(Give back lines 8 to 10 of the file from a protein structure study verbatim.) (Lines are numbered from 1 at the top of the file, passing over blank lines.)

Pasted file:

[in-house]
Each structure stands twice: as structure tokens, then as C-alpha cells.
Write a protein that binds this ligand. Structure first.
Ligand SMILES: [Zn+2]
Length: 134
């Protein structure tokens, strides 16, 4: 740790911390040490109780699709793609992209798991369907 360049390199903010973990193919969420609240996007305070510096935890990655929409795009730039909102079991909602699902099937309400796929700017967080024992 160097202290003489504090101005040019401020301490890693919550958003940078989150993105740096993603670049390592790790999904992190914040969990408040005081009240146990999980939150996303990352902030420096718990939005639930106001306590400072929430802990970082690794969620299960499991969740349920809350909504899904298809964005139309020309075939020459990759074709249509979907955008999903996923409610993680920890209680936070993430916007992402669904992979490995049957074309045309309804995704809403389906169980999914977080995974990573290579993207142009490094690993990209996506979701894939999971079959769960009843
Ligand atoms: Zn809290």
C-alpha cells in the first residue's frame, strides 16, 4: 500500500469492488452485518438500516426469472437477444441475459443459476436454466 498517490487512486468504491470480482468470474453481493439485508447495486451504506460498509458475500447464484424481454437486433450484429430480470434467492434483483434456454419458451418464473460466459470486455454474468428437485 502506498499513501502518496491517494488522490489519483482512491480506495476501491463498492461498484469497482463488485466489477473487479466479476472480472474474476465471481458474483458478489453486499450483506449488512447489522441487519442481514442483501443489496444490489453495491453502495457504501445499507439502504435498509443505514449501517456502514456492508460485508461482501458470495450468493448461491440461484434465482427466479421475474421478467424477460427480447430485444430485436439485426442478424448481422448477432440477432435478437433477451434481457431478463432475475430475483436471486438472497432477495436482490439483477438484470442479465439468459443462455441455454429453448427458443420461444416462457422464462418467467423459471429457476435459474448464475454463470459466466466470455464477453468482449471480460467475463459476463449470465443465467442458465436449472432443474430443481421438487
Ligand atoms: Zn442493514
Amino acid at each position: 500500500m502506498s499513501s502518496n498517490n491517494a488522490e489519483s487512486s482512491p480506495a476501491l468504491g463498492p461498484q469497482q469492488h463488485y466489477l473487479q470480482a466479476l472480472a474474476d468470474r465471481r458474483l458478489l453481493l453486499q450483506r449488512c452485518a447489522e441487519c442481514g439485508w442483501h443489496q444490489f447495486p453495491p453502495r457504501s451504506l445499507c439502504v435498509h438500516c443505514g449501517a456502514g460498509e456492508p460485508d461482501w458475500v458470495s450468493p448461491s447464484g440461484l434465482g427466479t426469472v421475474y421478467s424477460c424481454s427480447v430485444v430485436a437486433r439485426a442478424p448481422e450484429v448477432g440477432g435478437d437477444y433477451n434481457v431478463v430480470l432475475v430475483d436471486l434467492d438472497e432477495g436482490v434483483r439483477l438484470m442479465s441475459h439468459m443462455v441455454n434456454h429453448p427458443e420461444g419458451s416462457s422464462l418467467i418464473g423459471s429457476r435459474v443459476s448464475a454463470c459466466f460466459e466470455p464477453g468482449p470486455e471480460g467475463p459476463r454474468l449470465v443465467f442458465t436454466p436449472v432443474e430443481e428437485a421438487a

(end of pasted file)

C-alpha cells in the first residue's frame, strides 16, 4: 500500500469492488452485518438500516426469472437477444441475459443459476436454466 498517490487512486468504491470480482468470474453481493439485508447495486451504506460498509458475500447464484424481454437486433450484429430480470434467492434483483434456454419458451418464473460466459470486455454474468428437485 502506498499513501502518496491517494488522490489519483482512491480506495476501491463498492461498484469497482463488485466489477473487479466479476472480472474474476465471481458474483458478489453486499450483506449488512447489522441487519442481514442483501443489496444490489453495491453502495457504501445499507439502504435498509443505514449501517456502514456492508460485508461482501458470495450468493448461491440461484434465482427466479421475474421478467424477460427480447430485444430485436439485426442478424448481422448477432440477432435478437433477451434481457431478463432475475430475483436471486438472497432477495436482490439483477438484470442479465439468459443462455441455454429453448427458443420461444416462457422464462418467467423459471429457476435459474448464475454463470459466466466470455464477453468482449471480460467475463459476463449470465443465467442458465436449472432443474430443481421438487
Ligand atoms: Zn442493514
Amino acid at each position: 500500500m502506498s499513501s502518496n498517490n491517494a488522490e489519483s487512486s482512491p480506495a476501491l468504491g463498492p461498484q469497482q469492488h463488485y466489477l473487479q470480482a466479476l472480472a474474476d468470474r465471481r458474483l458478489l453481493l453486499q450483506r449488512c452485518a447489522e441487519c442481514g439485508w442483501h443489496q444490489f447495486p453495491p453502495r457504501s451504506l445499507c439502504v435498509h438500516c443505514g449501517a456502514g460498509e456492508p460485508d461482501w458475500v458470495s450468493p448461491s447464484g440461484l434465482g427466479t426469472v421475474y421478467s424477460c424481454s427480447v430485444v430485436a437486433r439485426a442478424p448481422e450484429v448477432g440477432g435478437d437477444y433477451n434481457v431478463v430480470l432475475v430475483d436471486l434467492d438472497e432477495g436482490v434483483r439483477l438484470m442479465s441475459h439468459m443462455v441455454n434456454h429453448p427458443e420461444g419458451s416462457s422464462l418467467i418464473g423459471s429457476r435459474v443459476s448464475a454463470c459466466f460466459e466470455p464477453g468482449p470486455e471480460g467475463p459476463r454474468l449470465v443465467f442458465t436454466p436449472v432443474e430443481e428437485a421438487a